This Nigerian's campaign for the HPV jab is a fight against more than cancer

Samuel Adeyinka has spent his adulthood fighting for better lives for the urban poor. His latest tool in that battle is the jab that blocks cervical cancer – an inequitable killer that preys most heavily on the disadvantaged.

  • 23 November 2023
  • 7 min read
  • by Zubaida Baba Ibrahim
Samuel Adeyinka - Cervical Cancer and HPV Awareness Advocate Credit: Gavi/2023/Latitude Space Africa
Samuel Adeyinka - Cervical Cancer and HPV Awareness Advocate Credit: Gavi/2023/Latitude Space Africa


Every Thursday at noon, Samuel Adeyinka, 28, takes to the airwaves at Al-Ansar Radio in Maiduguri, the capital of Borno state, Nigeria. His mission is to increase awareness of cervical cancer and, more hopefully, of the cancer-blocking human papillomavirus (HPV) vaccine.

It's topical subject matter. On 24 October, Nigeria launched the HPV vaccine as part of its routine immunisation schedule. A phased, nationwide introduction is ongoing, meaning that over the course of the next year, it will become available free of charge to all Nigerian girls aged 9 to 14.

“It will be very effective for Nigerian women, for a cancer that we have found out we can actually prevent. Imagine 10 to 15 years from now: that is when the change will be felt.”

– Dr Ademola Oyekan, clinical oncologist

"Will the vaccine still be effective if I'm above 14 years of age?" a caller asks on Adeyinka's radio show.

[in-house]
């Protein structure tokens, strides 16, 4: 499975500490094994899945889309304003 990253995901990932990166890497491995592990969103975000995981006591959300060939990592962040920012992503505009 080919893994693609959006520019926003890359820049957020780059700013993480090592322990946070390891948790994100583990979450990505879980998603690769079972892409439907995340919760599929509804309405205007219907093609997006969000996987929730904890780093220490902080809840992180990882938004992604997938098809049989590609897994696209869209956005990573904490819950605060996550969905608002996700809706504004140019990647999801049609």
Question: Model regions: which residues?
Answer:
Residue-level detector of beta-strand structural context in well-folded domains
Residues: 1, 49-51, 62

"The vaccine [can be] effective for people of all ages," Adeyinka responds. "But the [age groups] 9 to 14 are just segregations based on the availability of the vaccines that Nigeria has been able to get."

On other days, Adeyinka travels from community to community and from school to school to carry out awareness talks with women and adolescent girls the jab. While the first volley of 16 states are rolling out the jab now, Borno expects to roll out the jab next year.

This preparatory moment is a crucial opportunity for activists like Adeyinka. "In communities, there is a lot of disinformation and a lot of speculation about vaccines," Adeyinka explains. "Having to understand why the COVID-19 vaccines' uptake was very low in some of these communities, our campaign is to make sure the vaccine uptake [for HPV] is high, and there is a level of acceptance."

8,000 women lost each year

Cervical cancer is the second-most common cancer affecting Nigerian women, according to the World Health Organization (WHO). In Nigeria, more than 12,000 women are diagnosed each year and approximately 7,968 die. In the vast majority of cases, cervical cancer is caused by HPV, which is extremely common, and transmitted by sexual contact.

But Dr Ademola Oyekan, a clinical oncologist, says the HPV vaccine should help change Nigeria's grim statistics. "It actually provides a cover for the population and reduces [women's] risk of coming down with prolonged HPV infections that evolve to cervical cancer."